Much of the Cochabamba declaration is about politics, but it is politics with a basis in the spirituality of indigenous peoples. Here is one statement from the declaration expressing this view. It is very different from the perspective of mainstream society.
It is imperative that we forge a new system that restores harmony with nature and among human beings. And in order for there to be balance with nature, there must first be equity among human beings. We propose to the peoples of the world the recovery, revalorization, and strengthening of the knowledge, wisdom, and ancestral practices of Indigenous Peoples, which are affirmed in the thought and practices of “Living Well,” recognizing Mother Earth as a living being with which we have an indivisible, interdependent, complementary and spiritual relationship. To face climate change, we must recognize Mother Earth as the source of life and forge a new system based on the principles of:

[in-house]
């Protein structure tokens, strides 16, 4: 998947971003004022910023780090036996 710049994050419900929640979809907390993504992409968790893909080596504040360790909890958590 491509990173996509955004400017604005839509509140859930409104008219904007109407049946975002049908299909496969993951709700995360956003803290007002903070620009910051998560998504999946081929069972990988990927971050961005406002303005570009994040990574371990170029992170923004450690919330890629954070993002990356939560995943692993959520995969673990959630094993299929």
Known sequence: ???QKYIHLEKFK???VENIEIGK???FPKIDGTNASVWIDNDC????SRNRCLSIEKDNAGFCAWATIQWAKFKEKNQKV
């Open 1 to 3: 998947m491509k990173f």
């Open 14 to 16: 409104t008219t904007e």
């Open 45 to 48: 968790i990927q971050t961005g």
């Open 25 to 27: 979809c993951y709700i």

- harmony and balance among all and with all things;
- complementarity, solidarity, and equality;
- collective well-being and the satisfaction of the basic necessities of all;
- people in harmony with nature;
- recognition of human beings for what they are, not what they own;
- elimination of all forms of colonialism, imperialism and interventionism;
- peace among the peoples and with Mother Earth;
Like the Earth Charter, this statement puts peace, social and economic justice, and ecological integrity at the top of the ethical agenda, in the place of the “ethics” of greed, militarism, and exploitation that dominate political decision making in much of the world. Perhaps it’s time to ignore our leaders and listen to our hearts.